Swinging by the Online WSJ to grab the link to the post immediately below I saw two links on GE that I had missed on Friday.
I feel shame.
In an attempt at expiation I offer those, and a third*:
Mark Gongloff wrote, in the Ahead of the Tape column:
General Electric's stock has languished for years, mostly due to concerns about the company's huge financial arm. Investors should start to focus on another side of GE: energy.
GE's first-quarter earnings report Friday should show how the company's energy exposure is helping it weather the U.S. slowdown. Analysts surveyed by Thomson Financial expect GE to post earnings of 51 cents a share, up 16% from a year ago.
The lion's share of GE's growth in recent years has come from its energy-centric infrastructure unit, which does most of its business outside the U.S. GE's revenue outside the U.S. gained 22% in 2007 from the previous year, according to Morningstar, driven by a 23% gain in its infrastructure segment. That compares with a 6% increase in the U.S....MORE
The WSJ's Deal Journal wrapped up (5:25 p.m.!) with:
The House That Jeff Split: Analyzing a GE Breakup
GE is so big that it seems a shame to measure the company in terms of market capitalization; it should get its own GDP. (Its $320 billion market cap today would put it somewhere between the GDPs of Denmark and Greece).A company of that scale has a seismic effect on the markets. Consider: GE lost $40 billion loss in market capitalization over the course of a day, which Deal Journal wrote about as an “earnings grenade.” $40 billion in one day. Investors are angry. Analysts are frustrated. GE’s stock is now trading at levels seen as far back as 2001.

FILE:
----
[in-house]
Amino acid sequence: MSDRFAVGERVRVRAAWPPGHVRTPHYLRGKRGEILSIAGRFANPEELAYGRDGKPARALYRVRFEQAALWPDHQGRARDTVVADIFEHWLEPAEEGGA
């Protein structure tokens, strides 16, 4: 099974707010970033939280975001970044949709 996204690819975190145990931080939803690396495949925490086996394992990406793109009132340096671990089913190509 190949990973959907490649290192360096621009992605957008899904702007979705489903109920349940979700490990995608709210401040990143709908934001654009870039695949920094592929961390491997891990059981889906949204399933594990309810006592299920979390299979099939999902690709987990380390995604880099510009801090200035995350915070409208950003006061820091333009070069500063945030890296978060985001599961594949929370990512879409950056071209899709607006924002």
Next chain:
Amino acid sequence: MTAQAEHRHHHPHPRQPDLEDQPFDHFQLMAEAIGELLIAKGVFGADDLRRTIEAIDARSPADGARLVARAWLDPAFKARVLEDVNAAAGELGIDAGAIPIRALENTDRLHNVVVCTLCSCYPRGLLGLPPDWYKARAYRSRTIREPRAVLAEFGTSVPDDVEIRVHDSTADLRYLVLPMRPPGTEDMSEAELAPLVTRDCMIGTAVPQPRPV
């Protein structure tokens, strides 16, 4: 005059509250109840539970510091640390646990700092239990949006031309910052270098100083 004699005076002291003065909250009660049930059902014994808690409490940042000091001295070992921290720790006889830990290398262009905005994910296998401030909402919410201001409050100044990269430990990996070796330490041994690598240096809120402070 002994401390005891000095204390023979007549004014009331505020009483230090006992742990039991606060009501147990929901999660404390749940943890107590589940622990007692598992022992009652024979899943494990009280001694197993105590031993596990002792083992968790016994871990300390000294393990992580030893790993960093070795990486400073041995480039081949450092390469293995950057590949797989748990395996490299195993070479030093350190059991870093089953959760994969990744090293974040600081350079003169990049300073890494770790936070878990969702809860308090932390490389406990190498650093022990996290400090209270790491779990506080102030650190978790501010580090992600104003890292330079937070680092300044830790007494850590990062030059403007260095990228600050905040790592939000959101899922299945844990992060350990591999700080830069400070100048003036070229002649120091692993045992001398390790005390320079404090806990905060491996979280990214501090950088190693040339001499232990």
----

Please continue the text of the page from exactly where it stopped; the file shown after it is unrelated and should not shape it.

Is it time to accept that thing aren’t going well and consider a breakup?
For the sake of argument, let’s say it is finally time to slice and dice the House That Jack Built. Where do you start with a behemoth like this?
Analyst Scott Davis at Morgan Stanley ran an idea by CEO Jeff Immelt on today’s conference call (after comparing GE to the hapless Chicago Cubs): “Maybe GE Capital and GE Industrial shouldn’t be together anymore,” Davis said.
Immelt was conspicuously noncommital on the issue, responding: “No matter what form the company is in, it is about driving revenue growth, earnings growth…We will see when this year ends how we stack up against everybody else.”
Deal Journal took at look at GE’s major market segments and how investors might think about them if it comes to break-up time.Finance: This has already been a hotbed of dealmaking for the company, and it’s fair to expect more restructuring in the form of sales, divestitures or even spinoffs...MORE
*Finally, the Journal does a public service by putting a link to the conference call transcript on the front page of the online paper.
I doubt that GE will be dismembering itself anytime soon, Mr. Immelt won't even get rid of NBC.
That said, the stock is cheap.
Although it doesn't remove my stain of disgrace we did have a couple posts on the energy/infrastructure business Friday, including one that said: